April Pink Moon Super Moon

It was a welcome break from Coronavirus Stay at Home confinement as a super “pink moon” rose in the sky Tuesday night. So I opened my back door and photographed it from our sunroom. It was the largest supermoon of 2020. This full moon coincided with the lunar perigee — the moon’s closest point to Earth in its monthly orbit, which gives it the appearance of being bigger. When it became a full moon at 10:35 p.m. ET Tuesday, it was just 221,851 miles away from Earth. Despite the name, the moon won’t actually turn pink. The name is linked to the spring season and a wildflower native to North America called moss phlox that blossoms in beautiful pink colors. The Featured Image, was shot with a Canon R with a Tamron 150-600mm lens with a Sigma 2X Teleconverter for a final focal length of 1200mm. I then cropped into the image to fill the frame more. I then switched to a Canon 7D with a 1.6x crop factor so the Field of View was 1920mm with the same lens & teleconverter. The image below was with the 7D and is the full uncropped image. On my monitor the Canon R, even cropped into somewhat, has much more detail, but then again it is a 30 megapixel sensor. These are downsized images here for the blog so the detail difference is not as apparent.Pink_SuperMoon_v2_7D_600mm+2X_1920mm_MG_0401

 

14 Comments on “April Pink Moon Super Moon

  1. Beautiful shots, Reed, though I chuckled a moment at the slight irony when you noted that you photographed the moon from your sunroom. It boggles my mind a bit to read that the field of view for the 7D was 1920mm. Wow. Did you shoot these on a tripod or did you handhold? When you added a teleconverter, it seems like you were moving into a range in which a tripod (or monopod) would be required and/or a high shutter speed.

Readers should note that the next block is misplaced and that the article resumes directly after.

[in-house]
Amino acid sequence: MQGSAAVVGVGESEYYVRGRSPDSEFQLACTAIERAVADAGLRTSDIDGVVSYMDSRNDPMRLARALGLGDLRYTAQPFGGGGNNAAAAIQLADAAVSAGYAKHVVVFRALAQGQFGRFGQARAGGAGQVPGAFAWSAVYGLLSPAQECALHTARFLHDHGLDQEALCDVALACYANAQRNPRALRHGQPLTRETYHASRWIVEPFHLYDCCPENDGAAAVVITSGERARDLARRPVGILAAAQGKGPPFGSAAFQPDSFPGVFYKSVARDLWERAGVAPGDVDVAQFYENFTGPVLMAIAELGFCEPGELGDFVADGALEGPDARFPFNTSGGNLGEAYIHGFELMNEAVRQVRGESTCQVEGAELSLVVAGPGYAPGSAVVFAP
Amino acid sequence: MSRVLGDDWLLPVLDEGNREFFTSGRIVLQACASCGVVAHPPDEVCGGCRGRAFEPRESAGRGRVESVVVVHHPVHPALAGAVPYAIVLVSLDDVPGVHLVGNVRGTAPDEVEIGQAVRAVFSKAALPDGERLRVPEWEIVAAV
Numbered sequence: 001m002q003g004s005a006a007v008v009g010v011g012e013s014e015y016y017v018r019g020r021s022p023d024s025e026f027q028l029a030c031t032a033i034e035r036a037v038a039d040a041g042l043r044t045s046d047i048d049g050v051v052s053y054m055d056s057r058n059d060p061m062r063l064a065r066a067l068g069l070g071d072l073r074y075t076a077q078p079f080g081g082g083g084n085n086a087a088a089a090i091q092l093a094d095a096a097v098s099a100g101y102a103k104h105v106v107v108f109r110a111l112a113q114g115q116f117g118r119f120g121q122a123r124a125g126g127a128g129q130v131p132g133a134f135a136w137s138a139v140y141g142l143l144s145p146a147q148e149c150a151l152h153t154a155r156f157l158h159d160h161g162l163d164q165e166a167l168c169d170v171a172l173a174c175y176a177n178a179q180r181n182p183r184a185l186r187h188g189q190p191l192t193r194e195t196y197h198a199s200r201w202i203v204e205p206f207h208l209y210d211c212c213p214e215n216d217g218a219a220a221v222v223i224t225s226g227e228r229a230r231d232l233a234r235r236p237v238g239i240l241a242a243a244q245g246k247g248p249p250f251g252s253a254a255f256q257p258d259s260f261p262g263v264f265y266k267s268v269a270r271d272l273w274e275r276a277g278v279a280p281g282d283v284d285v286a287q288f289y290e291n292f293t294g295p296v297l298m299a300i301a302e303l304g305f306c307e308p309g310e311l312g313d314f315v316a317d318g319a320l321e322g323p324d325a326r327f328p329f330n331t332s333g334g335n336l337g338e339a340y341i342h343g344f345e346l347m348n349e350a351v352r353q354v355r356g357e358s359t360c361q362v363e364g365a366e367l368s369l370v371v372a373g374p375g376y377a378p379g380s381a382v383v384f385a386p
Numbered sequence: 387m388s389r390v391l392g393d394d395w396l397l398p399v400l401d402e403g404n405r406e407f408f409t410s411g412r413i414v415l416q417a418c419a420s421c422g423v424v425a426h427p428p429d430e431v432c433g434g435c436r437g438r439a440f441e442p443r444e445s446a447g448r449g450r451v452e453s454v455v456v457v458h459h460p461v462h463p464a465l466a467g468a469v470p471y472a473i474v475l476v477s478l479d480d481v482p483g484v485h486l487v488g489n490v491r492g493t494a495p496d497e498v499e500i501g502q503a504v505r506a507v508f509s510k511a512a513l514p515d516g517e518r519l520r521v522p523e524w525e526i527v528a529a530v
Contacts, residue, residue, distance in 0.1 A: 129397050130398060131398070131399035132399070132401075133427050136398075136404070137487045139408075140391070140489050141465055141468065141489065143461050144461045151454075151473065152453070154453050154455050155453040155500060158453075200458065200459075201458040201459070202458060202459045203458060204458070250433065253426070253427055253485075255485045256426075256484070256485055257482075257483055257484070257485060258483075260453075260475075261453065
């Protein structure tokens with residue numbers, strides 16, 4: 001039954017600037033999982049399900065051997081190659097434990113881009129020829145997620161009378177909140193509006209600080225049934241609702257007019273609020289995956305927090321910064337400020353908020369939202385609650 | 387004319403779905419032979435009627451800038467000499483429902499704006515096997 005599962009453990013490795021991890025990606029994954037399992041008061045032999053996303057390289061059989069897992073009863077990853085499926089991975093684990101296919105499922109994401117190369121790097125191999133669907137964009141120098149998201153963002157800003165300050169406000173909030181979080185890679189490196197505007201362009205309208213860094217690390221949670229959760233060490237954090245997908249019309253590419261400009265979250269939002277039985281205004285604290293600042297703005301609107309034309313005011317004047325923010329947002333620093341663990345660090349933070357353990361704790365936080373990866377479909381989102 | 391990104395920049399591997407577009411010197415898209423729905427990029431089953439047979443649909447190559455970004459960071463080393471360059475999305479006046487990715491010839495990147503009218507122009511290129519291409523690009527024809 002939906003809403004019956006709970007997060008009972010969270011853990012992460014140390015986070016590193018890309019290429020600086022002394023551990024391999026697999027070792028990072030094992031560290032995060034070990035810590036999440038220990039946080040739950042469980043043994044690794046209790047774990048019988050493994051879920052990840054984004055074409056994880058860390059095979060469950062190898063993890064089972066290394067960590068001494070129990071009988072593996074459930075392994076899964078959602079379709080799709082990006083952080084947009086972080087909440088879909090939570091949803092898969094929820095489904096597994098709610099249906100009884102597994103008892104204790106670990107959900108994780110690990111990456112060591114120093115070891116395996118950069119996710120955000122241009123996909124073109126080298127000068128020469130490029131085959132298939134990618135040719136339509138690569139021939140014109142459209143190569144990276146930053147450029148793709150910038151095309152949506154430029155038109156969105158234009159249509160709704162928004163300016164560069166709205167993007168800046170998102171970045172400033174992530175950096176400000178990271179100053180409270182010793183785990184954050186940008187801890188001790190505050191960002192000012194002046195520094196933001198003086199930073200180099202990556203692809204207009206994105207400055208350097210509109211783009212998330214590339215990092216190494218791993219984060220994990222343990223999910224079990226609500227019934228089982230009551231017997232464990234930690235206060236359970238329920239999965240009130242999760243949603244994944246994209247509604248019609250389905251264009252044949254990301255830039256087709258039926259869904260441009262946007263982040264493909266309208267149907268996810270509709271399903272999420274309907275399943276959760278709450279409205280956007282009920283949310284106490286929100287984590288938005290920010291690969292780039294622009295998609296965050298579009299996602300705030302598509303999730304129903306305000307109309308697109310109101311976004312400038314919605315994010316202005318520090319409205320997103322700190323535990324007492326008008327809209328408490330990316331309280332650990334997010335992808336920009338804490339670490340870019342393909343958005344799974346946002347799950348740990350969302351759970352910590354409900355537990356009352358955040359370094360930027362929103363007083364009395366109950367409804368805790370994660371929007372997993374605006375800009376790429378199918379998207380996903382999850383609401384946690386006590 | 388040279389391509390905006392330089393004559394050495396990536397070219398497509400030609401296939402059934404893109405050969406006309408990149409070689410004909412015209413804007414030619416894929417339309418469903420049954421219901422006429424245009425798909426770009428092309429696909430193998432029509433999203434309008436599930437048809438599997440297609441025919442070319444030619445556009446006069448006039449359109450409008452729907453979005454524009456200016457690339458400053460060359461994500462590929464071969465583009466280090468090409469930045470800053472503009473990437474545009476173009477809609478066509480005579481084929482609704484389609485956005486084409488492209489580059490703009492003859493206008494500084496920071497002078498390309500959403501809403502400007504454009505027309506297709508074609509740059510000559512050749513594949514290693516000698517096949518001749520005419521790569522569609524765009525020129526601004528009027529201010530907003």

• Thanks Mike! I used a tripod. At that focal length any little movement is noticeable! Plus getting older it is just easier to frame your shot. I was also waiting to see if any clouds would go by, but none did. With the Tamron 150-600mmm it is harder to find a 2x teleconverter that will fit on the lens. Out of my 7 teleconverters only the Sigma 2x teleconverter will fit on the lens and work.

      • Thanks, Reed, for confirming what I suspected was true. I am not sure what amazes me more, that you could use a teleconverter with the Tamron 150-600mm lens or that you have seven teleconverters from which to choose. 🙂

      • I seem to collect Teleconverters! I think they follow me home! Some work better than others on certain lenses. I even found a 1.7x teleconverter for Canon lenses. For dragonflies my favorite lens is a Canon 300mm f/4 with a Canon 1.4x or 2x teleconverter. Or a 400mm DO lens with a 1.4x, then a extension tube then another teleconverter. You need to use some fill flash and loose metering but you can get closeups from 6 to 10 feet away for those subjects you cannot get close to. You can search my blog showing that technique. Thanks again!!

    • Thanks Steve! Yes, I tend to pull out more detail from my moon images by adding a little more texture in Camera Raw and then adding a very slight amount of high pass sharpening in a layer over the moon only.

      • I have tried various methods including Topaz, but use Nik software more now or just my own effects in Photoshop. Topaz was on my at home iMac and when I retired from my studio I took my bigger iMac to my home and gave my smaller iMac to my granddaughter.

  2. Such great clarity– you can easily see the uneven terrain at the edges and the effects of the impact craters. Nice work, Reed!

    • Thanks Donna! Plus I did not have to leave the house. Here they closed all the parks and outdoor areas because people did not obey the outdoor guidelines.

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